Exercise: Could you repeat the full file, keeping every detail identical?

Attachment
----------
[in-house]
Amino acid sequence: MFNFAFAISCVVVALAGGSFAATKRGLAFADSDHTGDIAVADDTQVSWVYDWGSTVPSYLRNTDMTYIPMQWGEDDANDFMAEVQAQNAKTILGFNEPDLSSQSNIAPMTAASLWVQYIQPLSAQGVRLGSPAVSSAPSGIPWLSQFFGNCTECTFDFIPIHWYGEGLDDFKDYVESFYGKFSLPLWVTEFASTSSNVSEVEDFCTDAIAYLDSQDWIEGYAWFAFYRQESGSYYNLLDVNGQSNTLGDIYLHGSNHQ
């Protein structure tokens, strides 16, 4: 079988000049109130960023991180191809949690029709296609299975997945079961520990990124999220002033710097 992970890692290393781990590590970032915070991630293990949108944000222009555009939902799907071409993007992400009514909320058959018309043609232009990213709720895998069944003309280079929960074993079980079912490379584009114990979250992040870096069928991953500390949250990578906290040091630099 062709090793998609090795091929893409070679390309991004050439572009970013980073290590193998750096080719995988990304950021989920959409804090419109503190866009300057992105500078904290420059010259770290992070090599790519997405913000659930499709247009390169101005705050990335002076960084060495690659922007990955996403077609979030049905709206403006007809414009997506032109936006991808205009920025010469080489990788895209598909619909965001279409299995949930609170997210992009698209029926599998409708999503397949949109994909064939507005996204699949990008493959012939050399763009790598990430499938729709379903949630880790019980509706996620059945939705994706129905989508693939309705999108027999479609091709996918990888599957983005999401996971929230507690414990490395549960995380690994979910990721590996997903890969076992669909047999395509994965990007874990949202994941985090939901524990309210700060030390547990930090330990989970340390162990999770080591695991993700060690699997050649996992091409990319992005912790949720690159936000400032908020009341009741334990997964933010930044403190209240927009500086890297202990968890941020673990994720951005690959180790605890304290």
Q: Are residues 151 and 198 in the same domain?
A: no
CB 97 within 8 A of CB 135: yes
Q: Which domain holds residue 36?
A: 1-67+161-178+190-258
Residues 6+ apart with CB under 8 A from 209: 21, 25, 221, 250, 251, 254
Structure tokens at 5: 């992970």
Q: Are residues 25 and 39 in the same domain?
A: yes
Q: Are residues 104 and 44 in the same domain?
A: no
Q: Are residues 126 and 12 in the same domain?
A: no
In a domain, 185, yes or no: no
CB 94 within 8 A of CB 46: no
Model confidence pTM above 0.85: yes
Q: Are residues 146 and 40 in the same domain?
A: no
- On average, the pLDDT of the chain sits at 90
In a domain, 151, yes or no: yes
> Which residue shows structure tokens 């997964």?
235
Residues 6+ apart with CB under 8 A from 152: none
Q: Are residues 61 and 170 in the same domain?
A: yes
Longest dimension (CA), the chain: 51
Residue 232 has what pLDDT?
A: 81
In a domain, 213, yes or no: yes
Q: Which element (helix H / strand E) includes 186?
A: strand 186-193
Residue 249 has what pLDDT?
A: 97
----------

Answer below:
[in-house]
Amino acid sequence: MFNFAFAISCVVVALAGGSFAATKRGLAFADSDHTGDIAVADDTQVSWVYDWGSTVPSYLRNTDMTYIPMQWGEDDANDFMAEVQAQNAKTILGFNEPDLSSQSNIAPMTAASLWVQYIQPLSAQGVRLGSPAVSSAPSGIPWLSQFFGNCTECTFDFIPIHWYGEGLDDFKDYVESFYGKFSLPLWVTEFASTSSNVSEVEDFCTDAIAYLDSQDWIEGYAWFAFYRQESGSYYNLLDVNGQSNTLGDIYLHGSNHQ
């Protein structure tokens, strides 16, 4: 079988000049109130960023991180191809949690029709296609299975997945079961520990990124999220002033710097 992970890692290393781990590590970032915070991630293990949108944000222009555009939902799907071409993007992400009514909320058959018309043609232009990213709720895998069944003309280079929960074993079980079912490379584009114990979250992040870096069928991953500390949250990578906290040091630099 062709090793998609090795091929893409070679390309991004050439572009970013980073290590193998750096080719995988990304950021989920959409804090419109503190866009300057992105500078904290420059010259770290992070090599790519997405913000659930499709247009390169101005705050990335002076960084060495690659922007990955996403077609979030049905709206403006007809414009997506032109936006991808205009920025010469080489990788895209598909619909965001279409299995949930609170997210992009698209029926599998409708999503397949949109994909064939507005996204699949990008493959012939050399763009790598990430499938729709379903949630880790019980509706996620059945939705994706129905989508693939309705999108027999479609091709996918990888599957983005999401996971929230507690414990490395549960995380690994979910990721590996997903890969076992669909047999395509994965990007874990949202994941985090939901524990309210700060030390547990930090330990989970340390162990999770080591695991993700060690699997050649996992091409990319992005912790949720690159936000400032908020009341009741334990997964933010930044403190209240927009500086890297202990968890941020673990994720951005690959180790605890304290």
Q: Are residues 151 and 198 in the same domain?
A: no
CB 97 within 8 A of CB 135: yes
Q: Which domain holds residue 36?
A: 1-67+161-178+190-258
Residues 6+ apart with CB under 8 A from 209: 21, 25, 221, 250, 251, 254
Structure tokens at 5: 């992970």
Q: Are residues 25 and 39 in the same domain?
A: yes
Q: Are residues 104 and 44 in the same domain?
A: no
Q: Are residues 126 and 12 in the same domain?
A: no
In a domain, 185, yes or no: no
CB 94 within 8 A of CB 46: no
Model confidence pTM above 0.85: yes
Q: Are residues 146 and 40 in the same domain?
A: no
- On average, the pLDDT of the chain sits at 90
In a domain, 151, yes or no: yes
> Which residue shows structure tokens 């997964």?
235
Residues 6+ apart with CB under 8 A from 152: none
Q: Are residues 61 and 170 in the same domain?
A: yes
Longest dimension (CA), the chain: 51
Residue 232 has what pLDDT?
A: 81
In a domain, 213, yes or no: yes
Q: Which element (helix H / strand E) includes 186?
A: strand 186-193
Residue 249 has what pLDDT?
A: 97